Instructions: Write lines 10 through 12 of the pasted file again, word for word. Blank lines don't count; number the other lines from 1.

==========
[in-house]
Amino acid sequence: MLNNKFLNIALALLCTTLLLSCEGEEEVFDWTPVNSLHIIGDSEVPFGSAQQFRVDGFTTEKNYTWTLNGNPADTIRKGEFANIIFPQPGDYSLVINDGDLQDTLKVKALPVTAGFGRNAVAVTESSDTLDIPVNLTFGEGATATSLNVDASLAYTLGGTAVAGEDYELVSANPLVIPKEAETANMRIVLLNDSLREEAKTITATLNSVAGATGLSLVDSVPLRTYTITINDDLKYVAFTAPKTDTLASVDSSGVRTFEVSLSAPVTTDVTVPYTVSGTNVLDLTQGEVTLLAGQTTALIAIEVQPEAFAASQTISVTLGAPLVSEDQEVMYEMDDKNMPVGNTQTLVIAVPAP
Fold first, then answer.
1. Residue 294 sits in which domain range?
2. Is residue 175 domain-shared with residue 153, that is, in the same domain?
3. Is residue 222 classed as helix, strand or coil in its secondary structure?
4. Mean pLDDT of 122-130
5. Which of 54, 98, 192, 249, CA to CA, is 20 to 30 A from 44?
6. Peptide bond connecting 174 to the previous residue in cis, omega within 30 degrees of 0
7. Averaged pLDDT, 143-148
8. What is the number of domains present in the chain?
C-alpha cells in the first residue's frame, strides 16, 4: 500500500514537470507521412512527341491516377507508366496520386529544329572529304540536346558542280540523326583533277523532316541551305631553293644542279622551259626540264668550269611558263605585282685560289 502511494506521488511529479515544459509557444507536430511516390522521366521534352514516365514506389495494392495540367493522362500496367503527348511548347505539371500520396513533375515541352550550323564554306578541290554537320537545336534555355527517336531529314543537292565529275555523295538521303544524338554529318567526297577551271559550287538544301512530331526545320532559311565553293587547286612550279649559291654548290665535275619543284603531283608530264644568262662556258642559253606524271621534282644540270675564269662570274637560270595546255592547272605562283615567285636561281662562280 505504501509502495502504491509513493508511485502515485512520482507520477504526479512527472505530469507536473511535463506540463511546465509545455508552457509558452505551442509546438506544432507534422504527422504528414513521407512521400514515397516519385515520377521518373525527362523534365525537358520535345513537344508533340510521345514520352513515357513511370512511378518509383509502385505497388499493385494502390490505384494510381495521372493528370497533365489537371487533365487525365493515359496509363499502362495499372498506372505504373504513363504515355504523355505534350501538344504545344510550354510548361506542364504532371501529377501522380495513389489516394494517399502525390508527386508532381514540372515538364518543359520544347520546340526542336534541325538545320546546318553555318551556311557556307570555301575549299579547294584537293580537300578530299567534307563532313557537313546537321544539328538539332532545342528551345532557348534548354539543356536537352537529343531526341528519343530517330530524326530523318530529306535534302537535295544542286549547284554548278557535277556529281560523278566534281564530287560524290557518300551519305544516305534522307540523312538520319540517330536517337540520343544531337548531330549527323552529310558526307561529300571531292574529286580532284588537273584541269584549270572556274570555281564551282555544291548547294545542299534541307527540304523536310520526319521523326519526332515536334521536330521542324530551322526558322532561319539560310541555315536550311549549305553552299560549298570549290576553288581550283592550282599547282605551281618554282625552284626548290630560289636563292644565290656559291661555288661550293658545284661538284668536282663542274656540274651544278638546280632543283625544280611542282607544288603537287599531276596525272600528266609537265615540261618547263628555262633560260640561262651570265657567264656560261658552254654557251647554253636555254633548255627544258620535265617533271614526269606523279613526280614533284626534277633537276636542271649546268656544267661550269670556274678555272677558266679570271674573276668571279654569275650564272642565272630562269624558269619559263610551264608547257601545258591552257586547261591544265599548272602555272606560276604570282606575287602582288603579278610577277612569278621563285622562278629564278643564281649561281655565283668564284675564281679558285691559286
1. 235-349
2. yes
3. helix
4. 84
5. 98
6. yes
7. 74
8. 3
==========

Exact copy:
7. Averaged pLDDT, 143-148
8. What is the number of domains present in the chain?
C-alpha cells in the first residue's frame, strides 16, 4: 500500500514537470507521412512527341491516377507508366496520386529544329572529304540536346558542280540523326583533277523532316541551305631553293644542279622551259626540264668550269611558263605585282685560289 502511494506521488511529479515544459509557444507536430511516390522521366521534352514516365514506389495494392495540367493522362500496367503527348511548347505539371500520396513533375515541352550550323564554306578541290554537320537545336534555355527517336531529314543537292565529275555523295538521303544524338554529318567526297577551271559550287538544301512530331526545320532559311565553293587547286612550279649559291654548290665535275619543284603531283608530264644568262662556258642559253606524271621534282644540270675564269662570274637560270595546255592547272605562283615567285636561281662562280 505504501509502495502504491509513493508511485502515485512520482507520477504526479512527472505530469507536473511535463506540463511546465509545455508552457509558452505551442509546438506544432507534422504527422504528414513521407512521400514515397516519385515520377521518373525527362523534365525537358520535345513537344508533340510521345514520352513515357513511370512511378518509383509502385505497388499493385494502390490505384494510381495521372493528370497533365489537371487533365487525365493515359496509363499502362495499372498506372505504373504513363504515355504523355505534350501538344504545344510550354510548361506542364504532371501529377501522380495513389489516394494517399502525390508527386508532381514540372515538364518543359520544347520546340526542336534541325538545320546546318553555318551556311557556307570555301575549299579547294584537293580537300578530299567534307563532313557537313546537321544539328538539332532545342528551345532557348534548354539543356536537352537529343531526341528519343530517330530524326530523318530529306535534302537535295544542286549547284554548278557535277556529281560523278566534281564530287560524290557518300551519305544516305534522307540523312538520319540517330536517337540520343544531337548531330549527323552529310558526307561529300571531292574529286580532284588537273584541269584549270572556274570555281564551282555544291548547294545542299534541307527540304523536310520526319521523326519526332515536334521536330521542324530551322526558322532561319539560310541555315536550311549549305553552299560549298570549290576553288581550283592550282599547282605551281618554282625552284626548290630560289636563292644565290656559291661555288661550293658545284661538284668536282663542274656540274651544278638546280632543283625544280611542282607544288603537287599531276596525272600528266609537265615540261618547263628555262633560260640561262651570265657567264656560261658552254654557251647554253636555254633548255627544258620535265617533271614526269606523279613526280614533284626534277633537276636542271649546268656544267661550269670556274678555272677558266679570271674573276668571279654569275650564272642565272630562269624558269619559263610551264608547257601545258591552257586547261591544265599548272602555272606560276604570282606575287602582288603579278610577277612569278621563285622562278629564278643564281649561281655565283668564284675564281679558285691559286